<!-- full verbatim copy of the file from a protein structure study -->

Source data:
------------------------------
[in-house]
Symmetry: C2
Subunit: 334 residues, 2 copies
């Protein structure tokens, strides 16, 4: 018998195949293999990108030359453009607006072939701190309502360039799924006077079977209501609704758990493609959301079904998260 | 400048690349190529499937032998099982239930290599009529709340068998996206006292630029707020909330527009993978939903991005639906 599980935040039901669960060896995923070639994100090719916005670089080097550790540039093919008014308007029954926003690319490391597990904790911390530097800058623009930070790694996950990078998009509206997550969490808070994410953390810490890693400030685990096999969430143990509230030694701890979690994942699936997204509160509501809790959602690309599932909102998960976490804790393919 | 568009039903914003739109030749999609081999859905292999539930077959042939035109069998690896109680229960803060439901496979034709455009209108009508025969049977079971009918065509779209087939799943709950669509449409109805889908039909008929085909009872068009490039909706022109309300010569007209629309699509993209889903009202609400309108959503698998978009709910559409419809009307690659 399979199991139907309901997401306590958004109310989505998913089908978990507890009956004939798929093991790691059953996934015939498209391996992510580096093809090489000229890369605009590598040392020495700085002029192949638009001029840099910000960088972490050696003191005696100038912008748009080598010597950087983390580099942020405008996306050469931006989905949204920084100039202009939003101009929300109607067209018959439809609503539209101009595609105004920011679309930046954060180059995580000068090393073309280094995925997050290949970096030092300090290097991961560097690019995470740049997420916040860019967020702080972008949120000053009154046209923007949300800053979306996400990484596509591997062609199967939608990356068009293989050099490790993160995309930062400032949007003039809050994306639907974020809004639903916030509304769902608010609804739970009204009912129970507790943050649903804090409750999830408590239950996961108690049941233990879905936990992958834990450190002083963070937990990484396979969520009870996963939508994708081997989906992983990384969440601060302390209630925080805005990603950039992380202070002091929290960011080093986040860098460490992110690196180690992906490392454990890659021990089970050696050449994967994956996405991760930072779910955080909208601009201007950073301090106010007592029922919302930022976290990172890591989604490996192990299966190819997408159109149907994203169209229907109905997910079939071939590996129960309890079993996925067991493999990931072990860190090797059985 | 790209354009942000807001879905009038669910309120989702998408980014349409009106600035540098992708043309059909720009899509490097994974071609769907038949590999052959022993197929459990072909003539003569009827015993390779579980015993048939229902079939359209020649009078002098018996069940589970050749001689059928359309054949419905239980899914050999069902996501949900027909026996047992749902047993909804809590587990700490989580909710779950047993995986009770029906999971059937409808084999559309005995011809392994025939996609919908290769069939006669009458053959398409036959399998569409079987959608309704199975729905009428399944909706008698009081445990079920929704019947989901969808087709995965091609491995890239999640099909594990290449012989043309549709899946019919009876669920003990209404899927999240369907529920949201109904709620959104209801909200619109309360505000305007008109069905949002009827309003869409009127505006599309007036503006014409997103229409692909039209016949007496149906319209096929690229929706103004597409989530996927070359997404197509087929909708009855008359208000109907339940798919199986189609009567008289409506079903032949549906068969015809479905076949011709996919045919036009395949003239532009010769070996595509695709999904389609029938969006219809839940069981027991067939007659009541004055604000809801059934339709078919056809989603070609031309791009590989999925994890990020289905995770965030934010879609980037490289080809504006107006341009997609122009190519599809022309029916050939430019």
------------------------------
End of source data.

[in-house]
Symmetry: C2
Subunit: 334 residues, 2 copies
């Protein structure tokens, strides 16, 4: 018998195949293999990108030359453009607006072939701190309502360039799924006077079977209501609704758990493609959301079904998260 | 400048690349190529499937032998099982239930290599009529709340068998996206006292630029707020909330527009993978939903991005639906 599980935040039901669960060896995923070639994100090719916005670089080097550790540039093919008014308007029954926003690319490391597990904790911390530097800058623009930070790694996950990078998009509206997550969490808070994410953390810490890693400030685990096999969430143990509230030694701890979690994942699936997204509160509501809790959602690309599932909102998960976490804790393919 | 568009039903914003739109030749999609081999859905292999539930077959042939035109069998690896109680229960803060439901496979034709455009209108009508025969049977079971009918065509779209087939799943709950669509449409109805889908039909008929085909009872068009490039909706022109309300010569007209629309699509993209889903009202609400309108959503698998978009709910559409419809009307690659 399979199991139907309901997401306590958004109310989505998913089908978990507890009956004939798929093991790691059953996934015939498209391996992510580096093809090489000229890369605009590598040392020495700085002029192949638009001029840099910000960088972490050696003191005696100038912008748009080598010597950087983390580099942020405008996306050469931006989905949204920084100039202009939003101009929300109607067209018959439809609503539209101009595609105004920011679309930046954060180059995580000068090393073309280094995925997050290949970096030092300090290097991961560097690019995470740049997420916040860019967020702080972008949120000053009154046209923007949300800053979306996400990484596509591997062609199967939608990356068009293989050099490790993160995309930062400032949007003039809050994306639907974020809004639903916030509304769902608010609804739970009204009912129970507790943050649903804090409750999830408590239950996961108690049941233990879905936990992958834990450190002083963070937990990484396979969520009870996963939508994708081997989906992983990384969440601060302390209630925080805005990603950039992380202070002091929290960011080093986040860098460490992110690196180690992906490392454990890659021990089970050696050449994967994956996405991760930072779910955080909208601009201007950073301090106010007592029922919302930022976290990172890591989604490996192990299966190819997408159109149907994203169209229907109905997910079939071939590996129960309890079993996925067991493999990931072990860190090797059985 | 790209354009942000807001879905009038669910309120989702998408980014349409009106600035540098992708043309059909720009899509490097994974071609769907038949590999052959022993197929459990072909003539003569009827015993390779579980015993048939229902079939359209020649009078002098018996069940589970050749001689059928359309054949419905239980899914050999069902996501949900027909026996047992749902047993909804809590587990700490989580909710779950047993995986009770029906999971059937409808084999559309005995011809392994025939996609919908290769069939006669009458053959398409036959399998569409079987959608309704199975729905009428399944909706008698009081445990079920929704019947989901969808087709995965091609491995890239999640099909594990290449012989043309549709899946019919009876669920003990209404899927999240369907529920949201109904709620959104209801909200619109309360505000305007008109069905949002009827309003869409009127505006599309007036503006014409997103229409692909039209016949007496149906319209096929690229929706103004597409989530996927070359997404197509087929909708009855008359208000109907339940798919199986189609009567008289409506079903032949549906068969015809479905076949011709996919045919036009395949003239532009010769070996595509695709999904389609029938969006219809839940069981027991067939007659009541004055604000809801059934339709078919056809989603070609031309791009590989999925994890990020289905995770965030934010879609980037490289080809504006107006341009997609122009190519599809022309029916050939430019």